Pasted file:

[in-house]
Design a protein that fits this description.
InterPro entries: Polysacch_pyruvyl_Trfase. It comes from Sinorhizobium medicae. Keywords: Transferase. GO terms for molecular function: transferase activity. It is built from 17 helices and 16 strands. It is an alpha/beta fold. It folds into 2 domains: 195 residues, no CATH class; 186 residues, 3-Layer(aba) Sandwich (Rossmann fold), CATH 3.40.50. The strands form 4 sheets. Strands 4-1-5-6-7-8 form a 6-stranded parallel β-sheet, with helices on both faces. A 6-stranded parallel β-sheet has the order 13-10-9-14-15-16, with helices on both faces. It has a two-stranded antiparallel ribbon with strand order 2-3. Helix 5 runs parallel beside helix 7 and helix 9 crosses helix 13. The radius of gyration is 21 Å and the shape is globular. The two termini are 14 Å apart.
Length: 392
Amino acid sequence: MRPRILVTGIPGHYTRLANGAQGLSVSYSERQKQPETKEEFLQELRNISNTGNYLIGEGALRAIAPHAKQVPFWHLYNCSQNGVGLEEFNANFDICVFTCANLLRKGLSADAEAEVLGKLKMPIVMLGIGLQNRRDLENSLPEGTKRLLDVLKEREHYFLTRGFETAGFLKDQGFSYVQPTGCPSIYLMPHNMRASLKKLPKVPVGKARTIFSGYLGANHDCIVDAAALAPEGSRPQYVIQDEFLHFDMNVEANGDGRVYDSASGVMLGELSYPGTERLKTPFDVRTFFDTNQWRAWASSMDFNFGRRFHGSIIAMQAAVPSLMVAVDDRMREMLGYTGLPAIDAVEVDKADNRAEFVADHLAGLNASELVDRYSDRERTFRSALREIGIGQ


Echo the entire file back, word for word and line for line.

[in-house]
Design a protein that fits this description.
InterPro entries: Polysacch_pyruvyl_Trfase. It comes from Sinorhizobium medicae. Keywords: Transferase. GO terms for molecular function: transferase activity. It is built from 17 helices and 16 strands. It is an alpha/beta fold. It folds into 2 domains: 195 residues, no CATH class; 186 residues, 3-Layer(aba) Sandwich (Rossmann fold), CATH 3.40.50. The strands form 4 sheets. Strands 4-1-5-6-7-8 form a 6-stranded parallel β-sheet, with helices on both faces. A 6-stranded parallel β-sheet has the order 13-10-9-14-15-16, with helices on both faces. It has a two-stranded antiparallel ribbon with strand order 2-3. Helix 5 runs parallel beside helix 7 and helix 9 crosses helix 13. The radius of gyration is 21 Å and the shape is globular. The two termini are 14 Å apart.
Length: 392
Amino acid sequence: MRPRILVTGIPGHYTRLANGAQGLSVSYSERQKQPETKEEFLQELRNISNTGNYLIGEGALRAIAPHAKQVPFWHLYNCSQNGVGLEEFNANFDICVFTCANLLRKGLSADAEAEVLGKLKMPIVMLGIGLQNRRDLENSLPEGTKRLLDVLKEREHYFLTRGFETAGFLKDQGFSYVQPTGCPSIYLMPHNMRASLKKLPKVPVGKARTIFSGYLGANHDCIVDAAALAPEGSRPQYVIQDEFLHFDMNVEANGDGRVYDSASGVMLGELSYPGTERLKTPFDVRTFFDTNQWRAWASSMDFNFGRRFHGSIIAMQAAVPSLMVAVDDRMREMLGYTGLPAIDAVEVDKADNRAEFVADHLAGLNASELVDRYSDRERTFRSALREIGIGQ